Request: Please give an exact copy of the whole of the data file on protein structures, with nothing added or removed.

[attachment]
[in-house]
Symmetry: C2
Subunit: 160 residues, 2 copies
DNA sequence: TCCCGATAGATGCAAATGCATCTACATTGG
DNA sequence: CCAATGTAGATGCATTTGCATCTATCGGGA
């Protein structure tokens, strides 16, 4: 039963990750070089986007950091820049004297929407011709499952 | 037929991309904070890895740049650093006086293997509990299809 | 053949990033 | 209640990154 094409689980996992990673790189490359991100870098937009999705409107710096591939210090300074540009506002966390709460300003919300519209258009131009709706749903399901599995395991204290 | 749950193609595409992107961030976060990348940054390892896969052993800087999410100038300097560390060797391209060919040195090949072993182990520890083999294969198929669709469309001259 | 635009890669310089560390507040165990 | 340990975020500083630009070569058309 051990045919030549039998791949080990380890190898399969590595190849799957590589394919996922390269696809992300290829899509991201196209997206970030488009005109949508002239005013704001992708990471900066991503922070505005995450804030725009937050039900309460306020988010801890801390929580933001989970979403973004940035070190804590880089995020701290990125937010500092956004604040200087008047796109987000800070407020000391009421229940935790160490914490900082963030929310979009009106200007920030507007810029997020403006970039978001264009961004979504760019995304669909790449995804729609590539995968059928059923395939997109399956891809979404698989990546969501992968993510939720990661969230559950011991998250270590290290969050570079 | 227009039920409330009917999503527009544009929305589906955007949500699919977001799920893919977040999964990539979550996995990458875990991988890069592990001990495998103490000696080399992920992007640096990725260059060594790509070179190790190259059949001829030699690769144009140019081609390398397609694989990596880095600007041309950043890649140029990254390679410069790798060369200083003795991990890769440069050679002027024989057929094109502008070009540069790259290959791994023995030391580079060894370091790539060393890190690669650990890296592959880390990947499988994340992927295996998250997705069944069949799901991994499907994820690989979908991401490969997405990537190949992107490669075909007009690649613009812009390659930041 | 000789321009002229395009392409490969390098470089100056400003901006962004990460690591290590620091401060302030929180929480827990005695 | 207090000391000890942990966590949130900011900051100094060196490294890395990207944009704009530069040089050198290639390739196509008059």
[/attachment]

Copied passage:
[in-house]
Symmetry: C2
Subunit: 160 residues, 2 copies
DNA sequence: TCCCGATAGATGCAAATGCATCTACATTGG
DNA sequence: CCAATGTAGATGCATTTGCATCTATCGGGA
């Protein structure tokens, strides 16, 4: 039963990750070089986007950091820049004297929407011709499952 | 037929991309904070890895740049650093006086293997509990299809 | 053949990033 | 209640990154 094409689980996992990673790189490359991100870098937009999705409107710096591939210090300074540009506002966390709460300003919300519209258009131009709706749903399901599995395991204290 | 749950193609595409992107961030976060990348940054390892896969052993800087999410100038300097560390060797391209060919040195090949072993182990520890083999294969198929669709469309001259 | 635009890669310089560390507040165990 | 340990975020500083630009070569058309 051990045919030549039998791949080990380890190898399969590595190849799957590589394919996922390269696809992300290829899509991201196209997206970030488009005109949508002239005013704001992708990471900066991503922070505005995450804030725009937050039900309460306020988010801890801390929580933001989970979403973004940035070190804590880089995020701290990125937010500092956004604040200087008047796109987000800070407020000391009421229940935790160490914490900082963030929310979009009106200007920030507007810029997020403006970039978001264009961004979504760019995304669909790449995804729609590539995968059928059923395939997109399956891809979404698989990546969501992968993510939720990661969230559950011991998250270590290290969050570079 | 227009039920409330009917999503527009544009929305589906955007949500699919977001799920893919977040999964990539979550996995990458875990991988890069592990001990495998103490000696080399992920992007640096990725260059060594790509070179190790190259059949001829030699690769144009140019081609390398397609694989990596880095600007041309950043890649140029990254390679410069790798060369200083003795991990890769440069050679002027024989057929094109502008070009540069790259290959791994023995030391580079060894370091790539060393890190690669650990890296592959880390990947499988994340992927295996998250997705069944069949799901991994499907994820690989979908991401490969997405990537190949992107490669075909007009690649613009812009390659930041 | 000789321009002229395009392409490969390098470089100056400003901006962004990460690591290590620091401060302030929180929480827990005695 | 207090000391000890942990966590949130900011900051100094060196490294890395990207944009704009530069040089050198290639390739196509008059």